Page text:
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Commonwealth Bank loses key tech exec

Commonwealth Bank loses key tech exec

Bank to ensure departure will not derail systems overhaul.

The most senior technology executive at Commonwealth Bank-owned Bankwest, chief information officer Tony Clasquin, has resigned and will leave at the end of the year. The bank will lose an experienced technology leader who has been in a key role as it seeks to achieve $340 million of operational savings following CBA's $2.1 billion acquisition of Bankwest from HBOS late last year.

In an email sent to friends and colleagues, Mr Clasquin said he had been "on the go" for about 30 years and intended to take a year-long sabbatical in Perth.

He said he would then move back to Sydney in 2011 to take up an, as yet undecided, new role.

CBA confirmed Mr Clasquin's departure but refused to comment further but will be keen to ensure the departure does not derail the massive program of technology work required to successfully integrate Bankwest's systems following the acquisition.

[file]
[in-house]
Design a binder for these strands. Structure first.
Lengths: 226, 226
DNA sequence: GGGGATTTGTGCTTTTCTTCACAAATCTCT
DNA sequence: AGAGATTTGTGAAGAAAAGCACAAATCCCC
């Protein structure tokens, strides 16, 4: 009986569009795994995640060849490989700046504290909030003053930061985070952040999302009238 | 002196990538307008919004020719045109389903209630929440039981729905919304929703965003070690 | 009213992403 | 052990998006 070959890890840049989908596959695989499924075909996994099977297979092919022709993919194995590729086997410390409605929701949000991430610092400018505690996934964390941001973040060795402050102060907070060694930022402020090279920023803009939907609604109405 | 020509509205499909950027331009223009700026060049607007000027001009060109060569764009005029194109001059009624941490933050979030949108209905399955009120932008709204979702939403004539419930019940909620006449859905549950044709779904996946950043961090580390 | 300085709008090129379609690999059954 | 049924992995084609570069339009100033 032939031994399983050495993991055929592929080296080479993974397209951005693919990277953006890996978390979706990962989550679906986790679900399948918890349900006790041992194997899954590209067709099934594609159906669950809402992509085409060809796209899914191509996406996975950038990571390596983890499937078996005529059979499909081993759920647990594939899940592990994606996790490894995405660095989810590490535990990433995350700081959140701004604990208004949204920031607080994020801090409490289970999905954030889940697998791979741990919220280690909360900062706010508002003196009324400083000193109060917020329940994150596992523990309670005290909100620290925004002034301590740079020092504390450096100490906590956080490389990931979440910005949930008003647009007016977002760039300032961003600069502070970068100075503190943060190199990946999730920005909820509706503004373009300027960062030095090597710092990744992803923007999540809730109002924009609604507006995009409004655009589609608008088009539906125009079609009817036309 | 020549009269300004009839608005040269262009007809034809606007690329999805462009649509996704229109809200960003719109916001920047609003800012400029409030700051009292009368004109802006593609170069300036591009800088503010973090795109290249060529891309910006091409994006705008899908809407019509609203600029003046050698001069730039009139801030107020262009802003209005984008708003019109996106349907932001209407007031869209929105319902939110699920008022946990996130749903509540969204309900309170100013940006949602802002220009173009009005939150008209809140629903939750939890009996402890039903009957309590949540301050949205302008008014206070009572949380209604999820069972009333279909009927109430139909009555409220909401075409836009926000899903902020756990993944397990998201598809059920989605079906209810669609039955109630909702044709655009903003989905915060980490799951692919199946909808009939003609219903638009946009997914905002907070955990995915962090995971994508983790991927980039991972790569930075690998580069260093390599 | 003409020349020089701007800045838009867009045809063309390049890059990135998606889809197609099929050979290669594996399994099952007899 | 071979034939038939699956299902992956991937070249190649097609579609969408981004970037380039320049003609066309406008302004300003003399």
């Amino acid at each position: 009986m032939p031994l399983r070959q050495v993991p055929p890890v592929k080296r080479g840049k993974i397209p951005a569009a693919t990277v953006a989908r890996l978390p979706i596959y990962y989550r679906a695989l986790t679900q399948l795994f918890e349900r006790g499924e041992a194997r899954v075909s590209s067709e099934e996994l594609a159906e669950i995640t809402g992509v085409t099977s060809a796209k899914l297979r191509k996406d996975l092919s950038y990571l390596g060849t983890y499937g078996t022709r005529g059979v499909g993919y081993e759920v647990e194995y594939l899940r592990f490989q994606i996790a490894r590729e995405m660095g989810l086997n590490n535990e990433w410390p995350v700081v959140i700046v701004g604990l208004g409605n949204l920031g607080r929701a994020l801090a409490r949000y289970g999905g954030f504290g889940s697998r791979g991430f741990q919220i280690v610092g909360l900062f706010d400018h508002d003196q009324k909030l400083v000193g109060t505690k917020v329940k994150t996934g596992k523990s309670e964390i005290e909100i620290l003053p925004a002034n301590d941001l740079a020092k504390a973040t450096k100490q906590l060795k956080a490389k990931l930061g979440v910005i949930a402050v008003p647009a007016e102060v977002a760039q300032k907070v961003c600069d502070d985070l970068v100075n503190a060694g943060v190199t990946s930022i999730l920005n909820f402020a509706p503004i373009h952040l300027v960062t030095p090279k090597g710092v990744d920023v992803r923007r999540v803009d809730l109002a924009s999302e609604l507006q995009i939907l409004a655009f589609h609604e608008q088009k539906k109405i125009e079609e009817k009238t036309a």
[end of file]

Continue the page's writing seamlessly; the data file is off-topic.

In August, CBA put a $150 million increase in the cost of the overhaul of its core banking systems down to the need to add Bankwest and its subsidiary, ASB, to the program.

For the year ended June 30, 2009, CBA spent $60 million on technology to help the integration of Bankwest. It has forecast spending a further $103 million from 2009 to 2012.

CBA said it had started restructuring and had initiated a review of the major contracts and licences to identify savings as a result of the additional buying power of the combined banks, notably for volume software licensing arrangements.

The institution had been able to identify more operational savings in the Bankwest acquisition and these were now expected to be $340 million, versus the $220 million first anticipated.

It is not the first time Mr Clasquin has walked away from CBA's sprawling technology setup. He was chief information officer at wealth management firm Colonial First State when it was acquired by CBA in 2000.

He initially stayed with the bank becoming CIO of insurance and investment services in 2005 but left to join Bankwest in 2007 to take control of a large department himself.

His departure will also have ramifications for the local operations of Lloyds International, which is working with Mr Clasquin's Bankwest team to move off the IT systems they used to share as fellow HBOS Australia operations.

Lloyds International still relies on infrastructure, services and processes for its general ledger and credit risk systems that it shares with Bankwest. Fairfax Business Media

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